The New Paradigm for Talent Management
The disruption of old school talent management practices is one of the hottest topics in human resources today. And, in truth, the scrutiny these practices are getting extends all the way up to the C-suite.
Any doubt that corporate leaders are taking seriously the old saw "people are our greatest asset" was dispelled by a new "Statement of Purpose of the Corporation" from the Business Roundtable which put customers and employees, suppliers and communities ahead of shareholders. It was signed by the CEOs of 181 of the largest companies in the U.S.
Part of the declaration says, "We foster diversity and inclusion, dignity and respect." That might not seem particularly remarkable, but it's a clear break from last century's command and control mentality. It's a signal to all that people management is changing.
But to what?
Dr. Steven Hunt, an industrial-organizational psychologist, offered some ideas in a recent article. He says, "The focus of talent management is steadily shifting away from managing processes to collect data used for control, and towards initiating events and behaviors designed to create outcomes... Talent management used to focus on filling out forms and tracking numbers. Now it is about creating effective conversations, positive work experiences and accurate workforce decisions."
In his view, talent management practices will come to focus on six objectives or outcomes: "assembling, adapting, producing, collaborating, including and complying." Hunt explains each of these in some detail. Briefly, what he means by each is:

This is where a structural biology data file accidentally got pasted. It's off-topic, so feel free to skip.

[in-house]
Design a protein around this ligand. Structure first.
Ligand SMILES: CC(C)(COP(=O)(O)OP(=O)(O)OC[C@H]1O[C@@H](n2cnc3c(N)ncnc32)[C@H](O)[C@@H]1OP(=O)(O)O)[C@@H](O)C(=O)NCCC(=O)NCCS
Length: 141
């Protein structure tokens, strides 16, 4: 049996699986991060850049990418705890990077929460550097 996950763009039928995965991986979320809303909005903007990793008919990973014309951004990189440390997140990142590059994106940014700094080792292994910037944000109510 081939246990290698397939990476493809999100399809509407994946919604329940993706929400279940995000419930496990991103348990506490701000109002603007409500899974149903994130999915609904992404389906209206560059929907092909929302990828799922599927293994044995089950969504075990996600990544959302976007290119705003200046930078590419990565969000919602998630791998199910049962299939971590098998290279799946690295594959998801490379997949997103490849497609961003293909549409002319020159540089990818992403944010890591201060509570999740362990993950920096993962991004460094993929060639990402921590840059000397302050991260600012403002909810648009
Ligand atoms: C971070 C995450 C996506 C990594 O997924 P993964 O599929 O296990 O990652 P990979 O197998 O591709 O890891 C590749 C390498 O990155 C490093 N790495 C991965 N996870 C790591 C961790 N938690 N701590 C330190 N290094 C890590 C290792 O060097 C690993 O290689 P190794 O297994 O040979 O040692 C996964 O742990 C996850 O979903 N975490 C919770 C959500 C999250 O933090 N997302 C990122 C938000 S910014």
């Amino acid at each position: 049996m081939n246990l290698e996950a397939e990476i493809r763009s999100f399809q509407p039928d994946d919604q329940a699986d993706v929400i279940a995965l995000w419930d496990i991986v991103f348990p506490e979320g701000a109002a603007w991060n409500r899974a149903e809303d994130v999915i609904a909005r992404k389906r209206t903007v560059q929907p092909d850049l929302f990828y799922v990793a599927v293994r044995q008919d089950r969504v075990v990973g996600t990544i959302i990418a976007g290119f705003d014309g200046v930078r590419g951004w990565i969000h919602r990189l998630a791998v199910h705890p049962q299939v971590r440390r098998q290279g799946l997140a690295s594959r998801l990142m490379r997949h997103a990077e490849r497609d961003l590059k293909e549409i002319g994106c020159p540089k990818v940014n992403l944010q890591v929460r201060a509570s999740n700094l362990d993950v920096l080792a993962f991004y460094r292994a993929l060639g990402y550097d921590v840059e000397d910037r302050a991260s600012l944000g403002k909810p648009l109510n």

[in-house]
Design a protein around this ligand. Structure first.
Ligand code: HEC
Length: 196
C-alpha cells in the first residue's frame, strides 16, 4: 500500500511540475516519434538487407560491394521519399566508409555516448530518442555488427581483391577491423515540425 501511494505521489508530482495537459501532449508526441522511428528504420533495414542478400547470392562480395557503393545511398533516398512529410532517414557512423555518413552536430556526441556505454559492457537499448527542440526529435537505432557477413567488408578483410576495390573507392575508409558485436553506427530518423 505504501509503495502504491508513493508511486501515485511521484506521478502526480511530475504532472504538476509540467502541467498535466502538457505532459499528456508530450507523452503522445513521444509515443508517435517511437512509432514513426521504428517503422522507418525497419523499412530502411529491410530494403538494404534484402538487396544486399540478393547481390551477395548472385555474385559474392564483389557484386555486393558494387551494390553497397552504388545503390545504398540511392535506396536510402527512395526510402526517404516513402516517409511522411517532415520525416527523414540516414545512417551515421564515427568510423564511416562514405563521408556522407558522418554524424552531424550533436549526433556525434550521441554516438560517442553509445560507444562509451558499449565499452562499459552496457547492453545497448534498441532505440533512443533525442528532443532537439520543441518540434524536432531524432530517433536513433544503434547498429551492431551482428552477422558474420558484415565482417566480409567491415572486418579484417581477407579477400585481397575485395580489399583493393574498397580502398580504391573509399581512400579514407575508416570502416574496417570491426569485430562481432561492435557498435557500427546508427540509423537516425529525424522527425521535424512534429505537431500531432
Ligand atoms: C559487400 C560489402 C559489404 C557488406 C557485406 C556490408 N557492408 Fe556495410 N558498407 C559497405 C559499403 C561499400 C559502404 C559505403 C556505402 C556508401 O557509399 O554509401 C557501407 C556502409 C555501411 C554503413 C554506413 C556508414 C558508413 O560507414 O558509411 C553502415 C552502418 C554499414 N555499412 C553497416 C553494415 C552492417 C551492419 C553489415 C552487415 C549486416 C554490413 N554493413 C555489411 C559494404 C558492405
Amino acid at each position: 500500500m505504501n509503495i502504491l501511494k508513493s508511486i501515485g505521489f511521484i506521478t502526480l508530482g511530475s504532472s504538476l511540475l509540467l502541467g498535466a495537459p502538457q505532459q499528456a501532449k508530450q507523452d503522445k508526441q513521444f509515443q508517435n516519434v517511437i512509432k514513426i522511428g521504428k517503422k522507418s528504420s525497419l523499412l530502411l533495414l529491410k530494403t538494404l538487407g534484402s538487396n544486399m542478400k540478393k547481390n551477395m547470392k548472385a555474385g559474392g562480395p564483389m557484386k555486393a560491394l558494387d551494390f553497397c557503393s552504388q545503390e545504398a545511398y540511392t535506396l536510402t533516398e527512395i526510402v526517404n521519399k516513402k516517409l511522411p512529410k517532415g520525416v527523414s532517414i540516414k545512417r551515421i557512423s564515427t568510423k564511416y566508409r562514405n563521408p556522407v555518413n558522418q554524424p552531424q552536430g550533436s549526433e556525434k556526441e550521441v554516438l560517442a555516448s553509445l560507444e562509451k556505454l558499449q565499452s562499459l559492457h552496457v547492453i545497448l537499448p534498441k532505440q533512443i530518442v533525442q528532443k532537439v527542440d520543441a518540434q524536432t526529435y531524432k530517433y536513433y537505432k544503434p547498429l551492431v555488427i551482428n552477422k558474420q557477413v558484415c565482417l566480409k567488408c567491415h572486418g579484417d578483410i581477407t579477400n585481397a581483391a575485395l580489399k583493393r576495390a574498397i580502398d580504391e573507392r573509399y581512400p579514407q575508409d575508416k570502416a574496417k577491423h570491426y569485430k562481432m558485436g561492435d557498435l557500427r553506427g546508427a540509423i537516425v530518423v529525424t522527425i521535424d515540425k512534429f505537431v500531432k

- Assembling is the pulling together of people with the talents needed to accomplish specific tasks, after which they disperse.
- Adapting means doing what it takes to help workers cope with change.
- Producing will require organizations to create "work experiences where employees know exactly what they need to do and why it matters and have easy access to tools and resources to get it done."
- Collaborating will be promoted by having management practices to build a maintain high performing teams even given the range of competency of its members.
- Including means a much broader concept of diversity that also "accommodate the unique needs of employees with different abilities and work-life situations."
- Complying is just what it now means, except that technology will be a key part to help organizations "comply with regulations without negatively impacting workforce productivity and agility."